I have never owned the Sandlot nor do I plan to.

Now On with the much anticipated update!

I don't think Scotty knew what I meant when I said 'pretend like this didn't happen' but we must have gotten a different message. He got a stare-at-the-tree-while playing-baseball idea, which by the way even I know to be a bad idea. While I got don't come for a week and hope for the best. Yeah Scotty had other plans than that too, not fun I promise.

"Diamond since when have you known the sandlot boys?" Joseph asked standing in the doorway. I got rattled by that, and splattered my new canvas with dull red and gray paints.

"Never," I replied in a huff.

"Get a grip, Diamond, it's only a canvas. They're down stairs," Joseph said. I turned to him as wide eyed as a bug. "Hurry before Damien finds them!" He joked.

"It's not funny!"I said slapping him. I went downstairs.

"Hi," I said unsure of why 9 boys were in my living room. "What do you need?" I questioned as calmly as humanly possible.

"Scotty told us you were a good artist," Benny stated for the group.

"Naturally," I mumbled. "Do you want to see the stuff?" I asked.

"Yeah yeah hopefully it lives up to Scotty's claims," Yeah Yeah proclaimed.

"It's better than he could ever paint it to be," I replied quietly. I took all nine of the boys into my room/studio. My sketch books were piled on my white nightstand. They were all naturally drawn to the one wall where junk wasn't piled up.

"You paint that?" Kenny asked, pointing at the mural of a colorful lush rose garden surrounded by a white picket fence.

"No I'm not that good, yet at least. My Mom painted it when she found out I was going to be a girl," I explained. "I've painted everything on canvas, and I sketch a lot so all of those books are filled," I added pointing around the room.

"You painted this?" Benny asked pointing at my black and white landscape oil painting.

"Yeah, I mainly use black and white sometimes other contrasting colors but not often," I explained. "Sometimes I use only colors of the same hue which is mainly when I paint Damien's baseball cards," I added.

"You paint pictures of baseball cards?" Squints laughed.

"Yeah, and I make twenty dollars apiece for 'em," I stated. That shut him up.

"So you're like, rich?" Bertram asked.

"Not even close, all the money I earn goes through my Dad and he uses half of it before I even know it's in the bank," I replied. By use I mean drink or gamble it away.

"Damien hasn't played baseball in awhile," Benny sighed remembering the days he used to be coached by my brother.

"He's been busy," I shrugged. "With life," I added.

"What's that supposed to be?" Ham asked after opening a sketch book. He was looking at a picture of a mangled, human, skeleton.

"It's a skeleton rearranged into a heart," I stated the obvious.

"Why?" Ham questioned.

"It was a thing I did for a charity," I explained.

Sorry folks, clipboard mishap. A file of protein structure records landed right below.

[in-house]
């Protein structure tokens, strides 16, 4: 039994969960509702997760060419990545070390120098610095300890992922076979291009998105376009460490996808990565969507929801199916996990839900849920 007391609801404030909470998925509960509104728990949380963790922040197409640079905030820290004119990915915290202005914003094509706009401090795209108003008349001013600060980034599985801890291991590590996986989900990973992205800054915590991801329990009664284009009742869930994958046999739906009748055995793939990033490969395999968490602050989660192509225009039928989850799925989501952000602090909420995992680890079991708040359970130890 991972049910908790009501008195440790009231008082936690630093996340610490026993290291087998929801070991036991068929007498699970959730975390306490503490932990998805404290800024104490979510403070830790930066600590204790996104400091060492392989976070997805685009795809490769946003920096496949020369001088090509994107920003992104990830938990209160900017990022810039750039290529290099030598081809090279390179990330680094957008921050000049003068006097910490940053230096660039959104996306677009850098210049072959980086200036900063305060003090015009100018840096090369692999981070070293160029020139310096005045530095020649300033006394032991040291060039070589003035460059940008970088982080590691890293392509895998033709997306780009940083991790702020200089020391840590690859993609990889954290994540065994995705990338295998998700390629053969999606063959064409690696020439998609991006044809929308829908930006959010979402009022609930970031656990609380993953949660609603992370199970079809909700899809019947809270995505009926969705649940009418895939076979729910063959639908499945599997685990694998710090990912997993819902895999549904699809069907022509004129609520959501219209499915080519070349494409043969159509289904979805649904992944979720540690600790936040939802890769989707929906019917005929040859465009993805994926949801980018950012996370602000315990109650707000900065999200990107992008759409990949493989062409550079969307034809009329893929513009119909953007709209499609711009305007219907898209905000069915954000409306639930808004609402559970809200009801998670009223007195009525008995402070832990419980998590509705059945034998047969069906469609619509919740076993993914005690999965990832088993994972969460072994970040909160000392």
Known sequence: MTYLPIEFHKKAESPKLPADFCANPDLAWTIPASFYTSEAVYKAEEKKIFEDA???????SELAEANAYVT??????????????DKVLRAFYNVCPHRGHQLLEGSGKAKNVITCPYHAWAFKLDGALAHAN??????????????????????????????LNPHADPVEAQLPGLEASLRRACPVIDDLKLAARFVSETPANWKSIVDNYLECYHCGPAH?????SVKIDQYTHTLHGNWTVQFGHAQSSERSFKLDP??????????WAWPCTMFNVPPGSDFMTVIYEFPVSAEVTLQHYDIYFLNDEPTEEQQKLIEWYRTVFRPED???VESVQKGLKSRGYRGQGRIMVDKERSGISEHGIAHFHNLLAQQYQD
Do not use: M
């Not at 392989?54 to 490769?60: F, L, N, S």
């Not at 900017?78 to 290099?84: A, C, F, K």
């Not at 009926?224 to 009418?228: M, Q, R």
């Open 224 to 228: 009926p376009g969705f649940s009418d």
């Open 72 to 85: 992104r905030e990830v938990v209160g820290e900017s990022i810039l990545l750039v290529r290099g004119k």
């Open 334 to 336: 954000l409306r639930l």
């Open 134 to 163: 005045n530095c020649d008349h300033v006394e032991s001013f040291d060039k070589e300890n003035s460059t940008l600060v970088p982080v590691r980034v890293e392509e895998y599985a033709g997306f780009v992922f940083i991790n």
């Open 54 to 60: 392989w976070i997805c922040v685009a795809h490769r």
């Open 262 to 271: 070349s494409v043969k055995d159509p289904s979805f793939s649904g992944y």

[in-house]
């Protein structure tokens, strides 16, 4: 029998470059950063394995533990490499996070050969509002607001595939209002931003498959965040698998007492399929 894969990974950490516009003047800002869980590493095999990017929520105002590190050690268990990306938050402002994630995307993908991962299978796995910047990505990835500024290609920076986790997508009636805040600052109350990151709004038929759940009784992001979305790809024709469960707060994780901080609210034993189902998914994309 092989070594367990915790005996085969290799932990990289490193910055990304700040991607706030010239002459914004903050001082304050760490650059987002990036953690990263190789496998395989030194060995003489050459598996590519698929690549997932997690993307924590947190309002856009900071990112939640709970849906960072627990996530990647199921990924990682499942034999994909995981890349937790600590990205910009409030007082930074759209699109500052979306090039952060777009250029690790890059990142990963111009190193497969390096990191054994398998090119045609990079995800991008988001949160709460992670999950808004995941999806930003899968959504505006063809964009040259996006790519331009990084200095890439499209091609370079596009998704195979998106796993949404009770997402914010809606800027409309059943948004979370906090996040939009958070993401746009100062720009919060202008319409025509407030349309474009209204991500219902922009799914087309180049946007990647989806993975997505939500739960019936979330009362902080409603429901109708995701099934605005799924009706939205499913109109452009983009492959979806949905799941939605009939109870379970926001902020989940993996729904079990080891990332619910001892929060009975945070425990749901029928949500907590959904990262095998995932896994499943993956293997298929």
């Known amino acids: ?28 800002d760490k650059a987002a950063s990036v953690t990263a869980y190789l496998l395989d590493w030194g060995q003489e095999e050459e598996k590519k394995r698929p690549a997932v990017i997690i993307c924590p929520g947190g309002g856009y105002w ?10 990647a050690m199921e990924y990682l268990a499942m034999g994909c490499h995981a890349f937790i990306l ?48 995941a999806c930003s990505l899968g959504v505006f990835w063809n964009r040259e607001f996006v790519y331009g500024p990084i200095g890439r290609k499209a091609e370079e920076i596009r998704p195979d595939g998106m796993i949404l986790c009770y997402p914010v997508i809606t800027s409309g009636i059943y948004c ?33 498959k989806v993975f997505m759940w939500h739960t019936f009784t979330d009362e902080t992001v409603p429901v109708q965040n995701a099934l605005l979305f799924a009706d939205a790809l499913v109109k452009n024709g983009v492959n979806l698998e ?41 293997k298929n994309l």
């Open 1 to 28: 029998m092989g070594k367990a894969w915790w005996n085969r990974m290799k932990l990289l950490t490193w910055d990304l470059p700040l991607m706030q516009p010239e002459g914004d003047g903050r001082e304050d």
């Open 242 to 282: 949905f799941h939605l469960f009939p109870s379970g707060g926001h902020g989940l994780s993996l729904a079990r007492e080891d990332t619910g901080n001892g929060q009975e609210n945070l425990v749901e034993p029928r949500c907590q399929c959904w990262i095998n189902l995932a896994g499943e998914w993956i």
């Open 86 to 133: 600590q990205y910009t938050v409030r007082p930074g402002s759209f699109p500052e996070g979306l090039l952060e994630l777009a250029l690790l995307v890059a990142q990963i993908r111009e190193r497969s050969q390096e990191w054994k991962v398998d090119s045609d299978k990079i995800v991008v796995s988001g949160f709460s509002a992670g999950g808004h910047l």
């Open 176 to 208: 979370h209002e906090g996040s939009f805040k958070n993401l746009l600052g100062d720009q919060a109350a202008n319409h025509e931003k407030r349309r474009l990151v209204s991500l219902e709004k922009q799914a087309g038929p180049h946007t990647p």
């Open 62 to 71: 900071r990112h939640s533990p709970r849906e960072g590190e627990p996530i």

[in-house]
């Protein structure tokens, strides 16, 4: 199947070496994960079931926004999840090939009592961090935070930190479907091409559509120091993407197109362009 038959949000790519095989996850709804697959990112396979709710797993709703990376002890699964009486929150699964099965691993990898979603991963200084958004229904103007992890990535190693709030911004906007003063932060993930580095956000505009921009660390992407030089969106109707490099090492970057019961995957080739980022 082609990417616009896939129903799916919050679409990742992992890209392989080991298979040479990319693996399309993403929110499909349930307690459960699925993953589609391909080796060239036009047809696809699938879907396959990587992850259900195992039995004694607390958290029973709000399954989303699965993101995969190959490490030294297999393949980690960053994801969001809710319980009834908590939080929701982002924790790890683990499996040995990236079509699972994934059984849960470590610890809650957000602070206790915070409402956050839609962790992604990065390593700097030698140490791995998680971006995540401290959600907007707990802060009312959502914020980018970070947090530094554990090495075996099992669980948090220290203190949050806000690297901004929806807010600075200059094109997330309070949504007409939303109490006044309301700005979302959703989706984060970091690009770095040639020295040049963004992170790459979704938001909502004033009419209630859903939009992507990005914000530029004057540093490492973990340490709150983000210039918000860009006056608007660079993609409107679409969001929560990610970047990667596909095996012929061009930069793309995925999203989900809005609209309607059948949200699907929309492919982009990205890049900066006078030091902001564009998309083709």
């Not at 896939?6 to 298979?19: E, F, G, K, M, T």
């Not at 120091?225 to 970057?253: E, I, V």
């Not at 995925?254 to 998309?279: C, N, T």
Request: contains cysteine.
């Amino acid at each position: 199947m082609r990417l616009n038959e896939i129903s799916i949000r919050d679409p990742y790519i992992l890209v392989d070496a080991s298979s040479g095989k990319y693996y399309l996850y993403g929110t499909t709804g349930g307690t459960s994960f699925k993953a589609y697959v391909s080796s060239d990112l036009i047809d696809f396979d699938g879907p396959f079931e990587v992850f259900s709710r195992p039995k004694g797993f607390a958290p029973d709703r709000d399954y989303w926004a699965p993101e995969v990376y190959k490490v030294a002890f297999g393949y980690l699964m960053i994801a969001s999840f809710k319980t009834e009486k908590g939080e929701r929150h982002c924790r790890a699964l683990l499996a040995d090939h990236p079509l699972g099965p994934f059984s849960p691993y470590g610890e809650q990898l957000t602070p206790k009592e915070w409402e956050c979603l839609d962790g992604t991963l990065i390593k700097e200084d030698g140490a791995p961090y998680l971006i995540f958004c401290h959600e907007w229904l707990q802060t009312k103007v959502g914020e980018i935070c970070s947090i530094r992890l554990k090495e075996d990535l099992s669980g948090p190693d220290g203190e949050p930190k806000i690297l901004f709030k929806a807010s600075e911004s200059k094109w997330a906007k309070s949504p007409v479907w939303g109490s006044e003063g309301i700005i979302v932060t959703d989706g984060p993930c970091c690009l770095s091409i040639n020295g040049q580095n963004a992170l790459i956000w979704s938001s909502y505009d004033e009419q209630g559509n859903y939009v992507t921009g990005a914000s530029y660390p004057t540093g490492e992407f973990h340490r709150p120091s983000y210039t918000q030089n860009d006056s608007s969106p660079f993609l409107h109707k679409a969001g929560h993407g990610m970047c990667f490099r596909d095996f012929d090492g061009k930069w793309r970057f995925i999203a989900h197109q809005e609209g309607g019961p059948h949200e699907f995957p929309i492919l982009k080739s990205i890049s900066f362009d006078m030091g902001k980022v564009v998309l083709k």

"Wow," Scotty said after stealing a glance at the artwork.

"Gruesome," Squints said in minor disgust.

"Who's that supposed to be?" Benny asked nodding towards a slightly tinged painting.

"Um I just forgot her name; anyway she's a lifeguard, I guess. She said she wants to be a model someday," I explained.

"You worked with Wendy Peffercorn?" Squints cried in awe.

"Yeah, I have connections in high places," I replied with a dismissive wave of my hand. It's true; Damien gets me almost any guy in town to cooperate with me, if I ever need it, I also have Phillips who gets a lot of my big jobs in line for me. I heard the distinctive trampling of his footsteps up the stairs. They were almost too steep to be called stairs. Before he could knock I told him to just come in.

"Diamond, the art gallery accepted the rose painting," Phillips panted ignoring his baseball enemies' stares.

"Which rose painting?" I questioned I have more than one.

"The crying rose," Phillips answered puzzled. The crying rose was a bright red rose, on a gray woodland background. There was a drop of red spilling out of the rose. Oddly enough it was originally a mistake.

"Obviously," I shrugged. A lot of art shows and galleries wouldn't accept me for at least one reason, (a) I'm too young, or (b) I don't use bright colors. I just don't like using bright colors they're overwhelming.

"Diamond, how do you know this idiot?" Ham inquired abruptly.

"He used to be coached by Damien, and now he helps me sell and showcase my work," I stated somewhat defensively.

"Sometimes it's a hard job too," Phillips defended.

"I use too many neutrals for a lot of people to want my stuff, mainly I just don't like bright colors, they devastate the image and attack people's eyes. My goal is never an attention craving poster," I explained.

"I'll take the crying rose to the art gallery if you give it to me now," Phillips stated. I nodded and grabbed the painting from the corner. "Be careful around them," He warned under his breath. I glared at him. "Or you can take care of yourself, Goya," He stated in defensive fear.

"Goya? What the Hell is a Goya?" Ham questioned as Phillips left.

"He has odd taste," I said bitterly. "Goya isn't a thing; he's an artist, from the eighteenth century, known for his cruel realism, he never beautified anything. He painted what he saw, not what people wanted to see." I explained halfheartedly. Silence fell across the room like a blanket.

"Some of your stuff is gruesome," Kenny pointed out.

"Yeah but it's not true, that's the difference," I stated still pondering how in the world Phillips knew about Goya.

"You romanticism your paintings?" Scotty questioned. Romanticism isn't a verb but I know what he means.

"No!" I objected quickly. "Romanticism is nature stuff, not a lot of my stuff is nature. Mainly I paint people or city scenes," I explained. Truth be told, maybe I do that a little bit.